Think tank takes on 'gender apartheid' in Muslim world
J'lem summit aims to weaken pillar of Islamic extremism by focusing on women's rights.
By ETGAR LEFKOVITS
A conservative Jerusalem think tank is working to focus attention on the lack of women's rights and religious freedom in the Muslim world, in an attempt to combat Islamic extremism.
"The issue of women's rights in the Muslim world is of critical importance, because it serves to delegitimize and destabilize radical Islam in the Muslim world, where the issue of male dominance is a fundamental feature of society," said Dr. Martin Sherman, academic director of The Jerusalem Summit.
The Tel Aviv University political scientist said that a public struggle against "gender and creed apartheid" in the Muslim world would be effective in that it would be "using political correctness against those who hide behind it."
The small, secular think tank was established four years ago with funding from Russian oligarch Michael Cherney, who immigrated to Israel in 1994. The Jerusalem Summit is teaming up with evangelical Christians around the world on the issue.
"What we are trying to show is not just that Israel is not an apartheid state, but that Islamist society is in fact an apartheid empire," said the group's executive director, Dmitry Radyshevsky. He said it was high time Israel went on the diplomatic offensive.
A campaign by the West against Islamic fundamentalism on this issue coupled with a focus on the persecution of religious minorities in the Muslim world could cause these two central pillars of totalitarian Islamic ideology to crumble, he said.
The Moscow-born Radyshevsky said that just as the Soviet empire seemed invincible a quarter century ago, Islamic extremism could be weakened over time by such a political campaign.
The issue of women is "a major cleavage line" and "the soft underbelly" of Islamic society that could be part of a strategic initiative against Islamic extremism to include funding organizations advocating women's rights in Muslim countries, sanctioning countries that violate women's rights, and conditioning foreign aid and trade on the issue, Sherman said.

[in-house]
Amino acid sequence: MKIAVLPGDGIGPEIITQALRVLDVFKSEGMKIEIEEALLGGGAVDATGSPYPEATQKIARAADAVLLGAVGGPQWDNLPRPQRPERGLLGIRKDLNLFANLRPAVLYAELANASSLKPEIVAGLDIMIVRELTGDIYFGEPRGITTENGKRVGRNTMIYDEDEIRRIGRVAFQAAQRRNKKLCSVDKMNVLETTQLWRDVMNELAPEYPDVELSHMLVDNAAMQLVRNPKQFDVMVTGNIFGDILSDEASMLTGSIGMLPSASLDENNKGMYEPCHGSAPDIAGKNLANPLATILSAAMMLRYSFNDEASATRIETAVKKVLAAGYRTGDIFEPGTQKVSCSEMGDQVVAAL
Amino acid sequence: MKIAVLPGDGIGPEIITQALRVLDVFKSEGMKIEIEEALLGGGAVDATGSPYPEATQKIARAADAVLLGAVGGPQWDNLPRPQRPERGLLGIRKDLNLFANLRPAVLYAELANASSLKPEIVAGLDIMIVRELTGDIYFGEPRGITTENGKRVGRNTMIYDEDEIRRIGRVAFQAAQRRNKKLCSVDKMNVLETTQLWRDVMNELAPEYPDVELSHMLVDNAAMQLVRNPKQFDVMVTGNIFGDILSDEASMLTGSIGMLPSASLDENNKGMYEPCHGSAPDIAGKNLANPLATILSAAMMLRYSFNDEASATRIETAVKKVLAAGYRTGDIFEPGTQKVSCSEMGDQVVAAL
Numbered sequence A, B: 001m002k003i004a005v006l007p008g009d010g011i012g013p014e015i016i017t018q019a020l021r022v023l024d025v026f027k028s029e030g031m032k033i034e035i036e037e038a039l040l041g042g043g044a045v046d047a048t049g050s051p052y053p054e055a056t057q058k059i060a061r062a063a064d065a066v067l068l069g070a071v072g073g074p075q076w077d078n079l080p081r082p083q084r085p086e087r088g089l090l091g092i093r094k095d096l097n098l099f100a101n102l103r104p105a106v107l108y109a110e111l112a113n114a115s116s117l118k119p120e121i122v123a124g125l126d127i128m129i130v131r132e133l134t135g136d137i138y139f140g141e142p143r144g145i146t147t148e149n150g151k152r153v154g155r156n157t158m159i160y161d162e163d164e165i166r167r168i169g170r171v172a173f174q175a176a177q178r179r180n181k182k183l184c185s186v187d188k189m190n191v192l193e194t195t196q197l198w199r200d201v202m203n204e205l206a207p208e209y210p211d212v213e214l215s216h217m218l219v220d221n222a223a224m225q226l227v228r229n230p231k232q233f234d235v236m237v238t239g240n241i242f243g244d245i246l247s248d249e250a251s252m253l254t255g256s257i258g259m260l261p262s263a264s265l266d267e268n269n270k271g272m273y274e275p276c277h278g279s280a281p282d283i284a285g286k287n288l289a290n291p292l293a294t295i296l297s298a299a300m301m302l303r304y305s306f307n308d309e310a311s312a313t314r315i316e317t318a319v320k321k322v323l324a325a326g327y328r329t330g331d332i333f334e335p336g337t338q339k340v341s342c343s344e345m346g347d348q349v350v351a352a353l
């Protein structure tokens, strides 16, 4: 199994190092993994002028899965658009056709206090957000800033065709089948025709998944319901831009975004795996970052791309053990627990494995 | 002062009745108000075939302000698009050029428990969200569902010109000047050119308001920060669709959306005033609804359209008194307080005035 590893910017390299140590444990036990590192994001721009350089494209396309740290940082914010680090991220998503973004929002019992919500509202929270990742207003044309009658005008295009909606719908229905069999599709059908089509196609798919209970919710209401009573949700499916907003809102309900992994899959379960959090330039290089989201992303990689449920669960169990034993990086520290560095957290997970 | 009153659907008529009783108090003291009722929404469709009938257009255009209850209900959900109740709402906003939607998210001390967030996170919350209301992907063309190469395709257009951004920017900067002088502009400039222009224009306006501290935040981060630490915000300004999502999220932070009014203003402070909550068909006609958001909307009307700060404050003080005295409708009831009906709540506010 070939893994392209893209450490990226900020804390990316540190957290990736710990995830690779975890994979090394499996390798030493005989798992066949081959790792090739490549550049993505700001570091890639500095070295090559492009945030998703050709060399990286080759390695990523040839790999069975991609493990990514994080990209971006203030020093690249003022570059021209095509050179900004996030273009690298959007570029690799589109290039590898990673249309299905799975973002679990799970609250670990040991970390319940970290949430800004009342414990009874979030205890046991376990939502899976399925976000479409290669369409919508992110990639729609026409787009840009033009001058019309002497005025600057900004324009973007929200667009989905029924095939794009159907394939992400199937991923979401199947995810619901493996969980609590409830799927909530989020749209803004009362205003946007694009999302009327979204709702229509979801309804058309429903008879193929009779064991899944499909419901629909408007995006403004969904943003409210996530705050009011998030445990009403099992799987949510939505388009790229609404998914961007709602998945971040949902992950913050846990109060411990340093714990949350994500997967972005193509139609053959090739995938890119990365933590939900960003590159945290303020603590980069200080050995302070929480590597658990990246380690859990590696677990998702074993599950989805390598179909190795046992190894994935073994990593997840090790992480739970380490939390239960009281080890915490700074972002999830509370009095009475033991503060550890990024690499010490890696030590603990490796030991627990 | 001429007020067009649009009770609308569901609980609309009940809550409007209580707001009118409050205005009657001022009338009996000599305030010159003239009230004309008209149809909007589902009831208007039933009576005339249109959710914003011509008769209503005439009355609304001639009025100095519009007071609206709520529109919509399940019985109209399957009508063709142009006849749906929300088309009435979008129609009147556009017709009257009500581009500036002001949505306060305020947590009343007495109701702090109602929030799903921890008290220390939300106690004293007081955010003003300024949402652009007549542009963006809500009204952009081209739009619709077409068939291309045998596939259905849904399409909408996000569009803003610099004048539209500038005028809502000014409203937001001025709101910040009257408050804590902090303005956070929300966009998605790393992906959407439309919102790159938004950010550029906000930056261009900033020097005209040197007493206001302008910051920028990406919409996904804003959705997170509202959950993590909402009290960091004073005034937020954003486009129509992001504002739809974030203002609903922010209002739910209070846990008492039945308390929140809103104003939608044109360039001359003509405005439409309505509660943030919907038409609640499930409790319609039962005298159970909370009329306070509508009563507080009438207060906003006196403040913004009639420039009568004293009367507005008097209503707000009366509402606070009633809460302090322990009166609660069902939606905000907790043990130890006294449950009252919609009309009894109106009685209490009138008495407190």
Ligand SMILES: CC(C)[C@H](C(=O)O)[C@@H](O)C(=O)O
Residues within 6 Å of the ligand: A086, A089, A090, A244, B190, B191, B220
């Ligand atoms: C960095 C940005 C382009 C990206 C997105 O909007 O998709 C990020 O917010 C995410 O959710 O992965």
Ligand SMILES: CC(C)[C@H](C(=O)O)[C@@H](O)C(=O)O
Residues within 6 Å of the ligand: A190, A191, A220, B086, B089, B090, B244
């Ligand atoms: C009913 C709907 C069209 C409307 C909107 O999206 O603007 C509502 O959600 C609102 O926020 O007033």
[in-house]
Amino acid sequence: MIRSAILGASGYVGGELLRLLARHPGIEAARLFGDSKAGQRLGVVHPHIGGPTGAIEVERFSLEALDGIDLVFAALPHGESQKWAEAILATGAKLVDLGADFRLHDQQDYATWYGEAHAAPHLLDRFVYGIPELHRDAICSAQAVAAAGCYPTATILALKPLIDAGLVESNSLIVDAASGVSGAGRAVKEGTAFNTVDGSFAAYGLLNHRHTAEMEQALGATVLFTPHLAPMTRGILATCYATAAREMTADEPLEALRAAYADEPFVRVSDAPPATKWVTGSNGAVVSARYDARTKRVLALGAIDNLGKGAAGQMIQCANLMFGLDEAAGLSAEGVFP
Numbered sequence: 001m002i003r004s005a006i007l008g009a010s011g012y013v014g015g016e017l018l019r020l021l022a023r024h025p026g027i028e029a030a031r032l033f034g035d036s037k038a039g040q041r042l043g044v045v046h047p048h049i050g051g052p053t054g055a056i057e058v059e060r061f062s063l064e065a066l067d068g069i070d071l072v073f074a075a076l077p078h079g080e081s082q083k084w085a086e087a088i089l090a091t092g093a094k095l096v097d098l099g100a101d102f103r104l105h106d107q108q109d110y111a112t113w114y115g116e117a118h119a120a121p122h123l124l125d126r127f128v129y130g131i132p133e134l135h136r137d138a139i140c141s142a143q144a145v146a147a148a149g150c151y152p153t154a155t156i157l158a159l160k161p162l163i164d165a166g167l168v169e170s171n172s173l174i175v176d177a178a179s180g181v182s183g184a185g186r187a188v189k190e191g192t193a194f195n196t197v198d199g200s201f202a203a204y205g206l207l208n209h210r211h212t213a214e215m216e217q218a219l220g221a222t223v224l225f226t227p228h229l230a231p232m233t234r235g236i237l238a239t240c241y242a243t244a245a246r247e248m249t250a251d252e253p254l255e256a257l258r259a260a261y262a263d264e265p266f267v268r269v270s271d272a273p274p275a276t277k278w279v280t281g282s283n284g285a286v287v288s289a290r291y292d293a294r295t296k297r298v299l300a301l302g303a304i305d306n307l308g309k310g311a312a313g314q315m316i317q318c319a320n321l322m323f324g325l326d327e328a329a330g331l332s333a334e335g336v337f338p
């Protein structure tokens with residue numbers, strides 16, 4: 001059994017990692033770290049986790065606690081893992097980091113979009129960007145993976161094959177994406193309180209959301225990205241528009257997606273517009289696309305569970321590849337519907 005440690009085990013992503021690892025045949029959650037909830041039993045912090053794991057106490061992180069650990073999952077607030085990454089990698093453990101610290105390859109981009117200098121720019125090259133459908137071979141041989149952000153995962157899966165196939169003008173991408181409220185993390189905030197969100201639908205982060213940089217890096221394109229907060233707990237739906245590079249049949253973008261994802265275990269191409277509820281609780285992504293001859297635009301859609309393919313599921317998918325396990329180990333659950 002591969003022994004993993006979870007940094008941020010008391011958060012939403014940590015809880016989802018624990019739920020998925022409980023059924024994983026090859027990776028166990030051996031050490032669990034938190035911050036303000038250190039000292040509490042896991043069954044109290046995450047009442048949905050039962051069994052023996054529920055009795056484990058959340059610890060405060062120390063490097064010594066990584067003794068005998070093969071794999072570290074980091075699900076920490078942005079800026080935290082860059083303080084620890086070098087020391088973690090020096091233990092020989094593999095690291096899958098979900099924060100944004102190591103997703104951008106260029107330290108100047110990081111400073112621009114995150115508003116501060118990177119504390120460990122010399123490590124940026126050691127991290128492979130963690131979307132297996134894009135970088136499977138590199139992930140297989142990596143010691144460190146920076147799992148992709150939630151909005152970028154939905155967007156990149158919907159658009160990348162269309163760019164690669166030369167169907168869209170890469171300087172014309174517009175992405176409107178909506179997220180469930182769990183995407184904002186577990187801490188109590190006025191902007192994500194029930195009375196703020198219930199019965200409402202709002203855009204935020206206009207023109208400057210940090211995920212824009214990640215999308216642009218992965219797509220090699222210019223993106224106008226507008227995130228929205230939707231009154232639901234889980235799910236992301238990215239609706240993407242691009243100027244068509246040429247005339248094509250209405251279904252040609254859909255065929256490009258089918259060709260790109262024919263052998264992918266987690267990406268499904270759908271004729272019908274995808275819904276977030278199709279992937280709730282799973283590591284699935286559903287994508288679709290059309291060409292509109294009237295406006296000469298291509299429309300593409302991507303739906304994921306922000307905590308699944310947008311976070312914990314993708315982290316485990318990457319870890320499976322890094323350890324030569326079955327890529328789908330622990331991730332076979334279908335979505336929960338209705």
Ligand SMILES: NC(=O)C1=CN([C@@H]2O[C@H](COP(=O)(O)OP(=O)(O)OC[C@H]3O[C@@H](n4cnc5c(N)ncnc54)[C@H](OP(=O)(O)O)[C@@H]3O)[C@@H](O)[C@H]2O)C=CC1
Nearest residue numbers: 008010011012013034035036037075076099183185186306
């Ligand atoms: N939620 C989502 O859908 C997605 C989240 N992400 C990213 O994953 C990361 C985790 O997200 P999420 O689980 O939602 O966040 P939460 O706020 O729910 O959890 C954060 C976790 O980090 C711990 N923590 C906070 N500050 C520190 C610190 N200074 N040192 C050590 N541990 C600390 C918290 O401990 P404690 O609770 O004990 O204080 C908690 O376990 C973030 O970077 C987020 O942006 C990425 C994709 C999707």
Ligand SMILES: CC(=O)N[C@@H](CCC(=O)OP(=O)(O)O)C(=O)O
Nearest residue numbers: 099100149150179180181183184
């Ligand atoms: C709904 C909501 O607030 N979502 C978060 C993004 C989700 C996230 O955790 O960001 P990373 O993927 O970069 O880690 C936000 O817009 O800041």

Representatives of the Jerusalem Summit have met with parliamentarians and religious leaders in the Philippines, South Korea, South Africa and Singapore, as well as members of the House of Lords, with additional events planned in Japan and Ukraine.
The think tank is reaching out to evangelical Christians around the world - especially via conferences in Europe, Africa and Asia - in coordination with the Knesset's increasingly influential Christian Allies Caucus, the parliamentary lobby that works with Christians supporters of Israel around the world.
"In the fight against radical Islam, evangelical Christians are the only group with the spiritual energy, numerical mass and moral resolve to confront Islamic extremism," said Sherman, who was born in South Africa and educated in a Catholic school in Johannesburg.
Radyshevsky, a graduate of Harvard University's Divinity School, said he envisioned The Jerusalem Summit as a counterweight to a slew of Islamic and Arab forums, as well as the far-left Israeli group Peace Now, and as a pro-Israel international forum of Biblical civilization.
The think tank, whose motto is: "A neo-Zionist response to post-Zionist appeasement," will start holding seminars for Israeli university students in Jerusalem this fall, in an effort to buttress Israel's PR efforts on campuses abroad.
The nine-month seminars, which will be held in English, will meet once a week and include briefings by media and academic experts.
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